YCS Milan had the distinction of being the first YCS after the most recentForbidden & Limited List changes, and its outcome lays out what mightbe an interesting roadmap for the remainder of the format.

Savage Strike launches in about a month and a half, but it's difficult to make anypredictions about the upcoming changes without a solid working knowledge ofwhere we're at right now. Milan answered some questions about the state ofthe game's top decks – especially Sky Strikers and Thunder Dragons – whileraising questions about the future of Prank-Kids and Altergeists.

Analyzing any European YCS comes with a few caveats. The pool of players asa result of regional differences creates different metagames than otherterritories. Card legality issues often make extrapolating results fromEurope impossible, but luckily Summon Sorceress was legal for YCS Milan. Itwas the biggest difference maker between the two regions for months, socomparisons are much easier to make now that it's available in Europe. Itsaw play in a handful of strategies in the Top 32, including Goukis and theRhongomyniad lock.

European players never invested in Goukis at the same level as players herein North America largely due to the lack of Sorceress. While the loss ofFirewall Dragon will hurt the deck's chances in the future I don't thinkmany European players were planning on picking up the deck anyways. Topduelists were already invested in Thunder Dragons and Sky Strikers, so thepresence of both strategies in the Top 32 could be a bit inflated. It'spossible that a North American YCS before Savage Strike would seemore Gouki builds, but that's mostly just speculation on my part.

Rhongomyniad Lock & Gem-Knight FTK Live Another Day
The recent F&L List aimed to reel in some of the power of Link-spamstrategies and cripple FTKs fueled by Firewall Dragon. Unfortunately FTKsand lockdowns still exist despite Firewall Dragon's Forbidding, and theywere represented in the Top 32 of Milan. Gem-Knight FTK may once again havebecome the premiere FTK for competitive play, and its single showing in theTop 32 shows that it still has what it takes to top a major event.Loukas wrote about Vladis Baranovkis' buildin an article earlier this week that you should definitely check out: thisbuild is different from other Gem-Knight FTKs we've seen in the past.

Meanwhile, the famous Dark Warrior Rhongomyniad lock managed to take twospots in the Top 32. The strategy never used Firewall Dragon to begin with,so it escaped mostly unscathed by the F&L List. The Limit to ArmageddonKnight and Semi-Limit on Destiny HERO - Malicious slowed the deck downslightly, but it wasn't nearly enough to prevent six-material RhongomyniadSummons on Turn 1.

A small hit to the combo's consistency won't keep the deck off the toptables, and for the time being it remains a totally viableChampionship-level strategy with essentially zero poor match-ups as long asthe lockdown resolves.

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Speculators grabbed copies of Xyz Encore before the F&L List dropped tocounter Rhongomyniad, but it was hard to tell exactly how popular the deckwould be through the end of the year. YCS Milan has ended those doubts, yetXyz Encore hasn't seen much serious play lately. That could change asplayers dedicate Side Deck slots to one of the last big FTK-stylestrategies in the post-Firewall format, or it's possible that Xyz Encore istoo narrow to slot into Side Decks.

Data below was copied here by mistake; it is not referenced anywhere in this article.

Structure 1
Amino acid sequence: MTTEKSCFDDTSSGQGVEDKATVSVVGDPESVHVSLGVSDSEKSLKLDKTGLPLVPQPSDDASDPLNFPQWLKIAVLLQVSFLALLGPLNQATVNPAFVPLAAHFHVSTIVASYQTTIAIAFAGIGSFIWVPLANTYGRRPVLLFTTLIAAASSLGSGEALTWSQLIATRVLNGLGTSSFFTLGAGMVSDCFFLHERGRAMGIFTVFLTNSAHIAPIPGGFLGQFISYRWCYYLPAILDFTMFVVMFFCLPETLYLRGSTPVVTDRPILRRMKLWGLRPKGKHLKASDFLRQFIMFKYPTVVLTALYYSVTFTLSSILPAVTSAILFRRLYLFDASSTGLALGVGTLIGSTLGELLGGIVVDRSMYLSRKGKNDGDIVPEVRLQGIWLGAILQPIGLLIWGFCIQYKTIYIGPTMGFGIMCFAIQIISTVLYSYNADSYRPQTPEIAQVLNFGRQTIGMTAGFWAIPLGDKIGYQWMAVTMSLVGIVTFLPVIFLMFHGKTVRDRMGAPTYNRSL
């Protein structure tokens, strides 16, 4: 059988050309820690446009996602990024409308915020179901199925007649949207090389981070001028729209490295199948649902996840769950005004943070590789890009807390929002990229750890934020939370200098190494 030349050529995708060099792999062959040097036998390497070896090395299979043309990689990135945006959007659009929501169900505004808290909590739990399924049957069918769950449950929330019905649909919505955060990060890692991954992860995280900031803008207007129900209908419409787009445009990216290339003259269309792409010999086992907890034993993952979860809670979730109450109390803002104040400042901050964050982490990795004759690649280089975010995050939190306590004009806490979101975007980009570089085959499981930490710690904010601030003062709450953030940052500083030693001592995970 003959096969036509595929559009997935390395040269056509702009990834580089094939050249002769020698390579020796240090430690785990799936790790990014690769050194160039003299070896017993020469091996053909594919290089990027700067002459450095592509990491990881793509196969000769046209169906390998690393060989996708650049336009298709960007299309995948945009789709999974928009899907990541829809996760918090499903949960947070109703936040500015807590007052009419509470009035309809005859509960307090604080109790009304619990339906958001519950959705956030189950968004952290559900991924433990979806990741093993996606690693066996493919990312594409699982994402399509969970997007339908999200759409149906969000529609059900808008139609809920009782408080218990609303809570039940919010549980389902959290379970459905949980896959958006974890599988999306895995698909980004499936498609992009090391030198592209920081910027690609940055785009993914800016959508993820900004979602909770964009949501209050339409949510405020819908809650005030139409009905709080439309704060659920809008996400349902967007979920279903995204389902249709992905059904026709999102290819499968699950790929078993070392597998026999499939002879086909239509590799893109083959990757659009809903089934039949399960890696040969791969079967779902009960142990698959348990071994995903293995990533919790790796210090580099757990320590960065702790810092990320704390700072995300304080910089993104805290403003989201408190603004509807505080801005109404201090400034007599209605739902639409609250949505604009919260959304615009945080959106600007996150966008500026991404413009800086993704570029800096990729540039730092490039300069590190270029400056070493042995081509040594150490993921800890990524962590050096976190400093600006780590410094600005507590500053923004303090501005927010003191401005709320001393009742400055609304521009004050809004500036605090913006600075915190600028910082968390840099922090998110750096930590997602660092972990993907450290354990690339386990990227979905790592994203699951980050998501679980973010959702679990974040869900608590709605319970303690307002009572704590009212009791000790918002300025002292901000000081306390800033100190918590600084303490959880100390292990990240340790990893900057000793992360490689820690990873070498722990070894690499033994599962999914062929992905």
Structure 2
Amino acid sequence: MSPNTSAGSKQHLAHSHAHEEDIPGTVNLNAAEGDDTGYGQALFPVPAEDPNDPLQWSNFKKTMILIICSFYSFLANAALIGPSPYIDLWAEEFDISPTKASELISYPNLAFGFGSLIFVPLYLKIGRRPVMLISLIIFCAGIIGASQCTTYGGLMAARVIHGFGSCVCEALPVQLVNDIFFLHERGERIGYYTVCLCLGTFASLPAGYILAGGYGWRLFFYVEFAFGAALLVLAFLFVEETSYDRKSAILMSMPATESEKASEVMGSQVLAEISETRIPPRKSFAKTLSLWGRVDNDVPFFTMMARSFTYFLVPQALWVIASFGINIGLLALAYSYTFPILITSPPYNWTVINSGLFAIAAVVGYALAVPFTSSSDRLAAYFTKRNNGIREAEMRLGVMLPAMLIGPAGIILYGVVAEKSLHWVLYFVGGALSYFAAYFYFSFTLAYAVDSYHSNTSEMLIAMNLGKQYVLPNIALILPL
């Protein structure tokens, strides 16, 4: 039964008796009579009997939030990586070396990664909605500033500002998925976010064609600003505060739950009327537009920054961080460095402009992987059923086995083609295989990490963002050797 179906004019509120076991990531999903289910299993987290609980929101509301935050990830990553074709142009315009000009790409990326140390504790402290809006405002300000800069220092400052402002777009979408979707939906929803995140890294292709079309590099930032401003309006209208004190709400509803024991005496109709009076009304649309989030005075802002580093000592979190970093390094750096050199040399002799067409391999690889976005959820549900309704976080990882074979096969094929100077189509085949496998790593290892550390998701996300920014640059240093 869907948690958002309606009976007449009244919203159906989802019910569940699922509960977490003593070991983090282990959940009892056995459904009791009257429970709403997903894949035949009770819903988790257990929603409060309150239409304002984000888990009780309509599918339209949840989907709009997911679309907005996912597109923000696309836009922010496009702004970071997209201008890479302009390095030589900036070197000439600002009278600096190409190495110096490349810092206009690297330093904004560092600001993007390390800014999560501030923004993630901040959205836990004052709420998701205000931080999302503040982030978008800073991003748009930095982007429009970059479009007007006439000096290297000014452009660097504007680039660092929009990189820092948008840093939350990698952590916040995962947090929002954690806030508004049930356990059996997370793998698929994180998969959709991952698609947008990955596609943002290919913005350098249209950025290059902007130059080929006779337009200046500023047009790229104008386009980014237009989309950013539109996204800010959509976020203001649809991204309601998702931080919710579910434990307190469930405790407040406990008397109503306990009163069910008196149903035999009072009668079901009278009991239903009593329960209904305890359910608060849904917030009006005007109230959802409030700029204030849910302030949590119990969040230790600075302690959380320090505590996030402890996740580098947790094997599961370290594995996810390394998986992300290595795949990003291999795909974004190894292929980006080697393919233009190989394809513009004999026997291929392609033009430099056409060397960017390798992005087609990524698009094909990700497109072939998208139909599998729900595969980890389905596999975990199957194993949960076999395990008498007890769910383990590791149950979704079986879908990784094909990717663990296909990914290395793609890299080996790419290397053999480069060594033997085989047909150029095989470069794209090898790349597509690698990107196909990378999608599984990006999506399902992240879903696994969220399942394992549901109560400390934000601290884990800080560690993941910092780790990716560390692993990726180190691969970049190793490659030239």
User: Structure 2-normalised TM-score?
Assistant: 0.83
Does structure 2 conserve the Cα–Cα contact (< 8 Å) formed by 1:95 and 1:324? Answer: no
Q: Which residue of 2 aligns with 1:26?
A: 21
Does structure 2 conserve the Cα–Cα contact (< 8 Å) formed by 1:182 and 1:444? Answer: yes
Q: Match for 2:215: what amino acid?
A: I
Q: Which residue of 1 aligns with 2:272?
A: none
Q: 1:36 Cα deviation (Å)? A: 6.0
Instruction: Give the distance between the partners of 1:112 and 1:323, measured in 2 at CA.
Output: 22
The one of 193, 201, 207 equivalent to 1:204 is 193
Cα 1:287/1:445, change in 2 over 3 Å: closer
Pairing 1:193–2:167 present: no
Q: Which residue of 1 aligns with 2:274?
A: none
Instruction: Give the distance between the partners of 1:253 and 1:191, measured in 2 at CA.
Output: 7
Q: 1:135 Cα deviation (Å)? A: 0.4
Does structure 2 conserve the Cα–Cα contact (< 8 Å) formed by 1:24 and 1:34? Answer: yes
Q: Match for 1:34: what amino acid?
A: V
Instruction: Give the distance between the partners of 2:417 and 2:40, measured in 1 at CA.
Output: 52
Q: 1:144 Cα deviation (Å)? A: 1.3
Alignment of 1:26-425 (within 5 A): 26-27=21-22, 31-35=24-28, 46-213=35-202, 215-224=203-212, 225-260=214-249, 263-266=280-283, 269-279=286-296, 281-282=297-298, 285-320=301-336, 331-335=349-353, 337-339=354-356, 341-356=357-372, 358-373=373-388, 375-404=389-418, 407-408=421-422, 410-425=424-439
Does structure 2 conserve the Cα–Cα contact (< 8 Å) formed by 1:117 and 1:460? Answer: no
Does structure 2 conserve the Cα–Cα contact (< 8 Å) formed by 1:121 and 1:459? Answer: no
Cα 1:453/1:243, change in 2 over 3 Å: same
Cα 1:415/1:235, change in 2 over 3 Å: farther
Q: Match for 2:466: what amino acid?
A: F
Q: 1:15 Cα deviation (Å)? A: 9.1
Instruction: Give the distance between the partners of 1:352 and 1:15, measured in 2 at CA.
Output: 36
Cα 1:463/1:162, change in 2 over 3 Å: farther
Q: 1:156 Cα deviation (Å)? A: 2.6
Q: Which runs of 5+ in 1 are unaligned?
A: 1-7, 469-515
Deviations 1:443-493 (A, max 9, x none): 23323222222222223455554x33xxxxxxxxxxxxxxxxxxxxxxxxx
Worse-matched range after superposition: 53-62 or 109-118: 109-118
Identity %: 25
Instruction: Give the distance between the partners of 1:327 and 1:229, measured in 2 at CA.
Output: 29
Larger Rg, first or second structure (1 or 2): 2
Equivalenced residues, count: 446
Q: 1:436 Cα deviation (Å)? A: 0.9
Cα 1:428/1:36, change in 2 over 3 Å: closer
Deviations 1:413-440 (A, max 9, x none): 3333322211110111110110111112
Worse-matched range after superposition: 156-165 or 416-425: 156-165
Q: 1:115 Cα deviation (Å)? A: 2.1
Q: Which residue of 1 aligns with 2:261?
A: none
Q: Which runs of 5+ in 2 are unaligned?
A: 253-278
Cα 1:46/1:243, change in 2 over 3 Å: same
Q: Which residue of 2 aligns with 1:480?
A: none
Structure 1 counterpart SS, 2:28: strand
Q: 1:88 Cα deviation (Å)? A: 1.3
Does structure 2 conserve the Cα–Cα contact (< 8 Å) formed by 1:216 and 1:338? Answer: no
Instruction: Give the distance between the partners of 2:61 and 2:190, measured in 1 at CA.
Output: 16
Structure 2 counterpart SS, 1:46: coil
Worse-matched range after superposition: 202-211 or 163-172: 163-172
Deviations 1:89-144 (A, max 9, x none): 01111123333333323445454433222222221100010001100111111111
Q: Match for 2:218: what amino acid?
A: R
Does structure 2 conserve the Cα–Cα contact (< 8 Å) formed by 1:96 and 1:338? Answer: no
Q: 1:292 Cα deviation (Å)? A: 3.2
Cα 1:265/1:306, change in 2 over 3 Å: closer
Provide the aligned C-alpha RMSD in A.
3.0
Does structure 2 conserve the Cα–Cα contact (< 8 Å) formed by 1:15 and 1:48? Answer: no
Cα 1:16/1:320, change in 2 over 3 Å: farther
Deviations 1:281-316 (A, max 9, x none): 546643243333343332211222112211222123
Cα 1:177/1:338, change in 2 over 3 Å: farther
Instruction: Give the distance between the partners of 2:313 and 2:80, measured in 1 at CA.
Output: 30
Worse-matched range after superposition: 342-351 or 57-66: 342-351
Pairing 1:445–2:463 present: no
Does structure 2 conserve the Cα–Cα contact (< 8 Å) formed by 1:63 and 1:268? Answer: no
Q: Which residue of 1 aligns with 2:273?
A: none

Ghost Reaper & Winter Cherries is potentially just as effectiveassuming you draw it in your opening hand, and it has vastly more utilityagainst virtually every match-up in the game. Xyz Encore probably won't seemuch play unless there's a sudden surge in Rhongomyniad players, but that'ssomething you'll have to gauge on a local or regional level.

Sky Strikers & Thunder Dragons Defined Deck Choices
What's the most obvious takeaway from YCS Milan? Sky Strikers and ThunderDragons have carved out a solid spot at the top of the competitive scenethanks to their strong match-ups against nearly every other strategy inserious competition.

The loss of Firewall Dragon has crippled their hardest match-ups outside ofthe mirror, and that's worked wonders for the outlook on both decks goingforward. Sky Strikers are particularly well positioned this format and thetop pick at the Championship level. Many top players at YCS Milan commentedon the strength of the Sky Striker engine, but that's not really news foranyone that's been playing competitively in 2018.

Main Deck counters to both Thunder Dragons and Sky Strikers were incrediblypopular at YCS Milan, with multiple builds in the Top 8 prepared withShared Ride in the Main Deck. It's an appropriate tech choice given the twomost successful strategies at Milan were so heavily stacked with searcheffects, and it was extremely common in Sky Striker builds where it gaveplayers a serious edge in the mirror match. Any number of other strategiescan easily swing Shared Ride in either the Main or Side Deck, and it's ontrack to become one of the most popular tech picks of the new format.